Jack Tench 27:21.583 Hopefully, this should be solved in Influx1.3 or improved. Putting random values in tags still isn’t a good idea, but the new time series index engine should reduce the memory load of high series cardinality by being able to take series that aren’t being used out of memory and also adding some show cardinality queries to aid debugging these. So this is sort of our biggest lesson to take really, is to be careful about your tag values. Do think about and make sure that people are aware of the impacts of putting essentially unique values into tags. So because Show Cardinality isn’t around yet, which is coming Influx 1.3, we’ve got a little script. It’s a PowerShell script because I’m a horrible, dirty Windows developer. That essentially can go to the Influx DB database, grab all of the series, which will be a massive JSON file. Because there will be a line for every single—so as series cardinality of 200 million or a total series count of 200 million for us. It’s going to be 200 million lines back from the show series request. So just little script to group them by the measurement name. And, in this example here, we can see at the time we had a new metric was added called CallCenter Make Call Request Duration that I think this is the one in the case had a GUID in one of the tags. So it was added by a team. They thought, “You know what will be handy? To have the call GUID for the Make a Call Request.” And within a sort of day of being in the product, we had a series cardinality of over a million because this is going to go up by one, we’re going to get a new series every single time there’s a new call. So this has been really handy for us to debug sort of where our memory’s going to in the cluster, really handy to do. But hopefully in 1.3 that should be partially built into the query language.
Jack Tench 29:21.557 I want to spend a little bit of time just talking about some of the other tools that we use and sort of how InfluxDB compares to those. We use New Relic and that is great for our application performance monitoring. The main reason is its automatic instrumentation of stuff. So as good Telegraf is with its plugins, things like deep instrumentation into our web server stack, automatically being able to do things like performance profiling, working out how long particular methods are taking, automatically instrumenting every single request, getting things like response times, working out what database queries are run during that request is really powerful, and that’s the main thing we use it for. It does have an Insights Time Series database, which is great to query that data. But one of the problems is that’s expensive and the Insights Time Series Database doesn’t scale anywhere near as cost-effectively of Influx. So considering we have 200 million series, let alone data points, we can’t even keep 200 million data points in Insights. So yeah. We’ve got 200 million individual lines so scales a lot differently. And the alerting on that platform is quite limited, although the beta does look pretty promising.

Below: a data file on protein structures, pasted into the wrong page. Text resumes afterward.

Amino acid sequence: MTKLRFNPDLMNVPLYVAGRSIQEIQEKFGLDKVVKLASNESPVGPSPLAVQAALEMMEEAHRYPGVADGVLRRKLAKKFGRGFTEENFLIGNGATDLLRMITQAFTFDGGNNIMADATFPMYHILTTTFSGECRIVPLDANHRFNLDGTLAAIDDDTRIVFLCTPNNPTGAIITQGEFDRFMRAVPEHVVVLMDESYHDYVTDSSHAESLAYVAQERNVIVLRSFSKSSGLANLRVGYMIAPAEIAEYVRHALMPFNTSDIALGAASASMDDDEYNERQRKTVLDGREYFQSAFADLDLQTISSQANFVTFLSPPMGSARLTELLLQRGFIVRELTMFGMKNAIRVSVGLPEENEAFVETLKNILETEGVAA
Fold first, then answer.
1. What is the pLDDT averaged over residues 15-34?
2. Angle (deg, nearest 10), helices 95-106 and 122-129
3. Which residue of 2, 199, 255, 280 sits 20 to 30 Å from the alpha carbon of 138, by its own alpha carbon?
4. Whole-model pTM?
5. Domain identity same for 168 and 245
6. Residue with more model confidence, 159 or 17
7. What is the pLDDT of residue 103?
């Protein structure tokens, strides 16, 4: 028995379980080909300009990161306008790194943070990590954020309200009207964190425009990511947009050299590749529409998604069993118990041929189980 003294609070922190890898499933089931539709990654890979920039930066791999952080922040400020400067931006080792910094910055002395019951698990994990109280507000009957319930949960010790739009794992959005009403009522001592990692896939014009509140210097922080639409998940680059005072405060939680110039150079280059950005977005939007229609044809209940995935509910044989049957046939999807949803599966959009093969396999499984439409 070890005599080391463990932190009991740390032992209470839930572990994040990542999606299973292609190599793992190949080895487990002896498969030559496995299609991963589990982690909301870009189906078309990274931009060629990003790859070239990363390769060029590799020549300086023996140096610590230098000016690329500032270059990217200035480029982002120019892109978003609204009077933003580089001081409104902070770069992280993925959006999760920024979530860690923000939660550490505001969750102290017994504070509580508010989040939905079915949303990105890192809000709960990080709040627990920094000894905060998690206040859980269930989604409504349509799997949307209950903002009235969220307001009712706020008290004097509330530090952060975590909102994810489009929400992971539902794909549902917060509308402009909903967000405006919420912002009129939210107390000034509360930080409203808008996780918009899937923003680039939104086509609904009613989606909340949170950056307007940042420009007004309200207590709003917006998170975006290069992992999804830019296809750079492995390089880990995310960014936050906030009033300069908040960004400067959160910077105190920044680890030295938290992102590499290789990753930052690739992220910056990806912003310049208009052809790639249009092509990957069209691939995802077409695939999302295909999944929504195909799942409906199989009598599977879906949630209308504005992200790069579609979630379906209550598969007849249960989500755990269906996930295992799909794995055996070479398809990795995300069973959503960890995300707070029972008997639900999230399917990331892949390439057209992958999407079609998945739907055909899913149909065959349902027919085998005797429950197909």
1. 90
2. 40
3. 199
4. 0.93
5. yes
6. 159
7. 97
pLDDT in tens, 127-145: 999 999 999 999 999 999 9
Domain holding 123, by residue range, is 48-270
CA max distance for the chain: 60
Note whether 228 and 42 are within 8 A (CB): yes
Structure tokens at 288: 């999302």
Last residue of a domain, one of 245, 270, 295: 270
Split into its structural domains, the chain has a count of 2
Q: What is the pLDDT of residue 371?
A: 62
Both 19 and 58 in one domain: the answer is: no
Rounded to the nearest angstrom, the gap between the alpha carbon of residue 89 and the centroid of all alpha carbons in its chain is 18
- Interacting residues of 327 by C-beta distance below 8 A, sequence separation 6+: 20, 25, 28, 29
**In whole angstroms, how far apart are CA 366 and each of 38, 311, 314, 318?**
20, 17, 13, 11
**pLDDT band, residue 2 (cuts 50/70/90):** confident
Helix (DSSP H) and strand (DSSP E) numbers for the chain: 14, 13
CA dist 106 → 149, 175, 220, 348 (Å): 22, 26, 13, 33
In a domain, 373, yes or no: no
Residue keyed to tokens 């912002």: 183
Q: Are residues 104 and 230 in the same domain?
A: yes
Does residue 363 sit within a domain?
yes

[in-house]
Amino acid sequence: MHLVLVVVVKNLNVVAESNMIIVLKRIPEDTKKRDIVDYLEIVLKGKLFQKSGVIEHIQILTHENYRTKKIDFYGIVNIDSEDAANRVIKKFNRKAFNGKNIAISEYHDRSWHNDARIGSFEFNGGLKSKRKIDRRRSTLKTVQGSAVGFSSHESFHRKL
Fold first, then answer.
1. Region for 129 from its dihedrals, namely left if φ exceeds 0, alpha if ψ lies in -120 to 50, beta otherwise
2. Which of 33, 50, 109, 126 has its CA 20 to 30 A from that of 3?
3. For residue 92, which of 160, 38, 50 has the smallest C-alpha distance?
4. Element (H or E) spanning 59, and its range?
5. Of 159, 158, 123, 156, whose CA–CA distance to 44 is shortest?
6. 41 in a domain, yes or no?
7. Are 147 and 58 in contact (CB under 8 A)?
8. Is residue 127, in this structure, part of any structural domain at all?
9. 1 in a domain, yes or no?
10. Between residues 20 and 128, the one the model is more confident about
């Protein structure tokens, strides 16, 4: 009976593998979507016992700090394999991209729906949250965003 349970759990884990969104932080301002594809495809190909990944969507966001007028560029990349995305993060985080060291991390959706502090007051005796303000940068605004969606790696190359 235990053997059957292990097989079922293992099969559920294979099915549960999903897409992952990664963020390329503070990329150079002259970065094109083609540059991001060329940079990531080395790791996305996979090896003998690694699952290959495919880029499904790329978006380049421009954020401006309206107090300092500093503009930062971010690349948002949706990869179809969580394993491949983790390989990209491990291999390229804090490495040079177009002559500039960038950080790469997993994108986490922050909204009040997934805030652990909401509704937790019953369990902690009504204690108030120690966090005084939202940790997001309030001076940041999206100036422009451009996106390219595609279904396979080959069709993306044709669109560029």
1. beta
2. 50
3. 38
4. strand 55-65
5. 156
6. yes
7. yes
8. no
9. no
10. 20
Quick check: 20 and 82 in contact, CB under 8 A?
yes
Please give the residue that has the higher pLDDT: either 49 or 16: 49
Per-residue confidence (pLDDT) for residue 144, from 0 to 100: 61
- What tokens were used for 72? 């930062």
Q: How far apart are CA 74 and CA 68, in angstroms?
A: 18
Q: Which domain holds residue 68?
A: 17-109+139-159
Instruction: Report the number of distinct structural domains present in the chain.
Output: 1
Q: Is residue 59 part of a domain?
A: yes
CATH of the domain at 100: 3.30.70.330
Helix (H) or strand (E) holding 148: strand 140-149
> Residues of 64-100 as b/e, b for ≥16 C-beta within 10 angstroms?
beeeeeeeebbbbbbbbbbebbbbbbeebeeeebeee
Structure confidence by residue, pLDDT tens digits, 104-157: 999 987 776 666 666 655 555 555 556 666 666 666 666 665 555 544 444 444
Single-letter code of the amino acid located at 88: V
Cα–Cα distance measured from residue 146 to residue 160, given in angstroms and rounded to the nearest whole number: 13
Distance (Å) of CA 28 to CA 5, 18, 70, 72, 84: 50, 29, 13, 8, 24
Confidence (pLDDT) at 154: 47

Jack Tench 30:37.862 One of the cool things we’re doing to aid this is because New Relic is expensive and it’s got a limited retention period, so we only have a week there. And that’s pushing the limits quite a lot with the amount of data we’ve got in. And it’s nothing compared to InfluxDB. So what we do, we have a tool which reads the key data that we care about that’s been automatically collected from our web stack and stored in New Relic. We read those time series from the New Relic Insights database and then export the results of the data into InfluxDB so we can keep it for much cheaper, for much longer. And it gives us that flexible retention periods for the data that we are about. And we’re actually the part—one of our dev teams at the moment is working on, in fact, solving the automatic sort of more deep instrumentation in .Net by writing some plugins and wrappers around our .Net code so that it’s gathering similar metrics to what New Relic does automatically, and sending them via StatsD to Insights, as well. So maybe one day, we won’t even need New Relic anymore.